Bouncing off my forehead, and off

Into the after-breeze we’d shared there.

 

If I had been lucky, If I’d seen the clouds

As the ocean’s gray mascara,

Designed to wear me down and take me,

I might have been okay with that.

 

I might have said, in a slumber of love,

That she, my beloved Pacific,

Had given me a daughter, Amanhã,

Wearing the haunting silver of sardines.

 

Q:  What part of Portugal is your family from?

A:  My grandmother was originally from Altares, a freguesia (“civil parish”) in the municipality of Angra do Heroísmo on the Portuguese island of Terceira in the archipelago of the Azores. According to my younger brother, Alan, who is apparently more on top of that sort of thing than me, my grandfather, to the best of my knowledge also came from Terceira, although pinpointing the exactness of his presence there is less certain.

My grandfather arrived in the United States in the early 1900s, because I remember talk about him having been here when the San Francisco earthquake—the big one—happened in 1906. He later sent for my grandmother, Carolina, whom my first book is dedicated to, as you might recall. She and their oldest daughter—their only child at the time—joined my grandfather in California, once he had established himself.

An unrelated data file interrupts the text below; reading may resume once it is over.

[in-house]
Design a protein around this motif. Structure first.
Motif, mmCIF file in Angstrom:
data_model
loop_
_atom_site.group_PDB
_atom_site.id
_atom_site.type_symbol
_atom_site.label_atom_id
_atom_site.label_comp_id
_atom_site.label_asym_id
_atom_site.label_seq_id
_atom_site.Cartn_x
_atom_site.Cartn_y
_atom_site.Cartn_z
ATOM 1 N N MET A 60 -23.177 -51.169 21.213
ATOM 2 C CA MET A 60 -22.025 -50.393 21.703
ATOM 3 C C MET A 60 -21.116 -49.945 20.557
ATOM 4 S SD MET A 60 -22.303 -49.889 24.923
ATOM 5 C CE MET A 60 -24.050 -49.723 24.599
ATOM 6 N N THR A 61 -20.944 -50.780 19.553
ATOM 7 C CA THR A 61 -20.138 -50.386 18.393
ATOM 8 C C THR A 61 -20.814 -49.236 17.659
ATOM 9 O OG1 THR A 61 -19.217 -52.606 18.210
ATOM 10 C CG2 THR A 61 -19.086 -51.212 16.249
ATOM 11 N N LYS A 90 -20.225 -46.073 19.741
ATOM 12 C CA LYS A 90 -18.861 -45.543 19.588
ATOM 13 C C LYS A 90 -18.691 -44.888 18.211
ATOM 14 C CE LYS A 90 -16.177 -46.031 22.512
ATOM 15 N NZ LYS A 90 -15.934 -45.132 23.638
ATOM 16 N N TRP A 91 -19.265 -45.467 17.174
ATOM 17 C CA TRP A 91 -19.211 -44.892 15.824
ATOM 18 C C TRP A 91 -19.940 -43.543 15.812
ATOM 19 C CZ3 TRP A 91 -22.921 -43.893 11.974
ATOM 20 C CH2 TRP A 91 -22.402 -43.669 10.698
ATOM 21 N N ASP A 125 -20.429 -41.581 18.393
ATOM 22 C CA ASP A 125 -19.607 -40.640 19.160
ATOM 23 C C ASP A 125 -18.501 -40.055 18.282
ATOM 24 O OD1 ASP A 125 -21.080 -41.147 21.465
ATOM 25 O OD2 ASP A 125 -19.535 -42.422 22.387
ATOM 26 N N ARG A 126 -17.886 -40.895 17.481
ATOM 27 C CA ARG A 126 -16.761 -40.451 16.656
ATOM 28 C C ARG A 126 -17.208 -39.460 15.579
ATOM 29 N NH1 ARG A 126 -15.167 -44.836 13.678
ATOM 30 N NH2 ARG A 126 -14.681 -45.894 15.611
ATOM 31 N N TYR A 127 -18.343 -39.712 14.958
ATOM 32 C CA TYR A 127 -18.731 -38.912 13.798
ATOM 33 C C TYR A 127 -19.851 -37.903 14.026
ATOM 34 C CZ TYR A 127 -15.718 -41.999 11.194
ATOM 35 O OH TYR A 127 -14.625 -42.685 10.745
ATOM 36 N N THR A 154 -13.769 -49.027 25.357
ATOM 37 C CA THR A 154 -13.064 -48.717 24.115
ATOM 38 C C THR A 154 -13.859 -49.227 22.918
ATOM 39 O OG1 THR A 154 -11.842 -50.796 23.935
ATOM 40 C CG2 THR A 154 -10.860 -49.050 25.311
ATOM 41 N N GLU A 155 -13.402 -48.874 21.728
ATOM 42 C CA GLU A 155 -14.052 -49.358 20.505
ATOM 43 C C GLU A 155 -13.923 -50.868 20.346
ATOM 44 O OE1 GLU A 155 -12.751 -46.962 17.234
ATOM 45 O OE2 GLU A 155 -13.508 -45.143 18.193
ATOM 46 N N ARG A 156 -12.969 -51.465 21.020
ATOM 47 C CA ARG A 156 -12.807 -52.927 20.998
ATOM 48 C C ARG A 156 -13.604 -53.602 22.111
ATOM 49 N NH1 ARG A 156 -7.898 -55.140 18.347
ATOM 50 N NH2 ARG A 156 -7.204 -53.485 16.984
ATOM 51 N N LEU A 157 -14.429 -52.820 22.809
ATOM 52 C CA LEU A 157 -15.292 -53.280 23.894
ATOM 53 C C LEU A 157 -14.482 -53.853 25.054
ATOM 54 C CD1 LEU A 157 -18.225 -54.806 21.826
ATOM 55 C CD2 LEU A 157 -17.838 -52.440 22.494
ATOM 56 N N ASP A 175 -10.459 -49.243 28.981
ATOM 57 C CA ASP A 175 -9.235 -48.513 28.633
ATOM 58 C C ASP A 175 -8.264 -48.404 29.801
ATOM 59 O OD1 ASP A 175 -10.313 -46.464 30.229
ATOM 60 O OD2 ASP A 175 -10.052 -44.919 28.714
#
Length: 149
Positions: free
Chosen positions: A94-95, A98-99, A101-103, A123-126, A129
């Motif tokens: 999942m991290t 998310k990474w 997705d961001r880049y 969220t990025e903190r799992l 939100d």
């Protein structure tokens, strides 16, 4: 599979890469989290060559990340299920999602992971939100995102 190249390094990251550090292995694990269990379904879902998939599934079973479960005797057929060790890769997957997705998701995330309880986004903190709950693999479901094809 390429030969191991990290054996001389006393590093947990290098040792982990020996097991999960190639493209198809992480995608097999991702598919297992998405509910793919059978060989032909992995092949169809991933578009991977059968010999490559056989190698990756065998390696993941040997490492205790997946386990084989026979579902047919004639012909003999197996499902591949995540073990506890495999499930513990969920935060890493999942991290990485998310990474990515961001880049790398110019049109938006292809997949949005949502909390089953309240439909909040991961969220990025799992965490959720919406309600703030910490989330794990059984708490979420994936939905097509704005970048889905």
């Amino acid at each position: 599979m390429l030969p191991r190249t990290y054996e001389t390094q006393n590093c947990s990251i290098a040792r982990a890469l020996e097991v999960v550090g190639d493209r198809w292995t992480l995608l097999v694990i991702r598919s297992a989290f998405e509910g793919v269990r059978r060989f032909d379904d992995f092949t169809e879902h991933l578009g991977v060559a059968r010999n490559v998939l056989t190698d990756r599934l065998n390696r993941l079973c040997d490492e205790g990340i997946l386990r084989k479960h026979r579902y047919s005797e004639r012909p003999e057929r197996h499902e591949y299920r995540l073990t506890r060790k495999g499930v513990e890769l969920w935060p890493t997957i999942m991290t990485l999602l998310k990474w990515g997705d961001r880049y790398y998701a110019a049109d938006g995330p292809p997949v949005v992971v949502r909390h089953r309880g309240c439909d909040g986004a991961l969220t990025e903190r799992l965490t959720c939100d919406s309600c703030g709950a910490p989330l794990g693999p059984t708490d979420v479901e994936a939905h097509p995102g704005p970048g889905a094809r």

Q: Can you talk about the significance of the title for this new poetry collection? How you chose True North and Untrue You, what it means to you?

A: Those particular words appear at the very end of the final poem in the book. I knew I wanted that poem, “Manifesto at the End of Things,” to have that particular place in the manuscript when I was sorting through the material to include. What I didn’t know was just how valuable those last five words in the poem were to the overall concept of the book. That came much later.

Anyway, there is nothing particularly mysterious about what “true north” is, I don’t think. It’s the internal compass we all have/we all choose or don’t choose to follow. It gets us home or leads us over a waiting cliff with our names on the signpost. It’s the second half of the phrase that causes questions, I think. Who is the you referred to at the end? To that, I can only say it’s a belief system—personal and political—that a person lives with every day; in a sense, makes love to over news headlines; wants to kiss, but is afraid something so potentially treacherous will devour him. In short, the voluptuous and charming anti true north.